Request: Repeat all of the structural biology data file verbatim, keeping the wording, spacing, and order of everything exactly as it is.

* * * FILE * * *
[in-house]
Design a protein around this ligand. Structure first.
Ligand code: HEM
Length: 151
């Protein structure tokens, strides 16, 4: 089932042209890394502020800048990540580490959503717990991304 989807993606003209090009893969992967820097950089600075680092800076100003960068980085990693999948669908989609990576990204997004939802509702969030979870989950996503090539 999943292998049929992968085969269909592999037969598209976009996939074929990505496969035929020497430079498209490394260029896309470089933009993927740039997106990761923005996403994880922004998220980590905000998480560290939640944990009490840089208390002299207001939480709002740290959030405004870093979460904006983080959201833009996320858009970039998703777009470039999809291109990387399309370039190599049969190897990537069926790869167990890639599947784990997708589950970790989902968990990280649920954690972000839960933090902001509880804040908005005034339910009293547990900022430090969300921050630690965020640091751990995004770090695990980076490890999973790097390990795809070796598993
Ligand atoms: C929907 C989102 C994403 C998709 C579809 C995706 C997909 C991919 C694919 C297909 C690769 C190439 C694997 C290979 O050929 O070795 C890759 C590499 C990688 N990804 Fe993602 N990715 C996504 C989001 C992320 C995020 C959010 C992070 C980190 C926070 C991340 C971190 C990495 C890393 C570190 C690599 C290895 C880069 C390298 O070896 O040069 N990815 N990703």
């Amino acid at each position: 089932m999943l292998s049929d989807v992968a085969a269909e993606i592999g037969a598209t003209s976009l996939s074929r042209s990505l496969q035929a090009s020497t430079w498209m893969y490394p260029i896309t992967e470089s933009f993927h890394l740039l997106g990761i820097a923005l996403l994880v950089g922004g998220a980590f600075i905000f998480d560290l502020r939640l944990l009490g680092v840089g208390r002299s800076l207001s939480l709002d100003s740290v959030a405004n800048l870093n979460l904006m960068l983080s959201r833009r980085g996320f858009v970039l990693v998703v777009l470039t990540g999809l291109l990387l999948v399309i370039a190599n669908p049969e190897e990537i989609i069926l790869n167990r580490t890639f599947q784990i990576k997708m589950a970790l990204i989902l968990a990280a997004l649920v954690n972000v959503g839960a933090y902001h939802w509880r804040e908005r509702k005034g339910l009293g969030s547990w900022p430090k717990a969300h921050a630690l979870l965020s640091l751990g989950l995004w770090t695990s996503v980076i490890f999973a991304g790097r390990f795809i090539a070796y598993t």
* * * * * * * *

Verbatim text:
[in-house]
Design a protein around this ligand. Structure first.
Ligand code: HEM
Length: 151
């Protein structure tokens, strides 16, 4: 089932042209890394502020800048990540580490959503717990991304 989807993606003209090009893969992967820097950089600075680092800076100003960068980085990693999948669908989609990576990204997004939802509702969030979870989950996503090539 999943292998049929992968085969269909592999037969598209976009996939074929990505496969035929020497430079498209490394260029896309470089933009993927740039997106990761923005996403994880922004998220980590905000998480560290939640944990009490840089208390002299207001939480709002740290959030405004870093979460904006983080959201833009996320858009970039998703777009470039999809291109990387399309370039190599049969190897990537069926790869167990890639599947784990997708589950970790989902968990990280649920954690972000839960933090902001509880804040908005005034339910009293547990900022430090969300921050630690965020640091751990995004770090695990980076490890999973790097390990795809070796598993
Ligand atoms: C929907 C989102 C994403 C998709 C579809 C995706 C997909 C991919 C694919 C297909 C690769 C190439 C694997 C290979 O050929 O070795 C890759 C590499 C990688 N990804 Fe993602 N990715 C996504 C989001 C992320 C995020 C959010 C992070 C980190 C926070 C991340 C971190 C990495 C890393 C570190 C690599 C290895 C880069 C390298 O070896 O040069 N990815 N990703």
């Amino acid at each position: 089932m999943l292998s049929d989807v992968a085969a269909e993606i592999g037969a598209t003209s976009l996939s074929r042209s990505l496969q035929a090009s020497t430079w498209m893969y490394p260029i896309t992967e470089s933009f993927h890394l740039l997106g990761i820097a923005l996403l994880v950089g922004g998220a980590f600075i905000f998480d560290l502020r939640l944990l009490g680092v840089g208390r002299s800076l207001s939480l709002d100003s740290v959030a405004n800048l870093n979460l904006m960068l983080s959201r833009r980085g996320f858009v970039l990693v998703v777009l470039t990540g999809l291109l990387l999948v399309i370039a190599n669908p049969e190897e990537i989609i069926l790869n167990r580490t890639f599947q784990i990576k997708m589950a970790l990204i989902l968990a990280a997004l649920v954690n972000v959503g839960a933090y902001h939802w509880r804040e908005r509702k005034g339910l009293g969030s547990w900022p430090k717990a969300h921050a630690l979870l965020s640091l751990g989950l995004w770090t695990s996503v980076i490890f999973a991304g790097r390990f795809i090539a070796y598993t």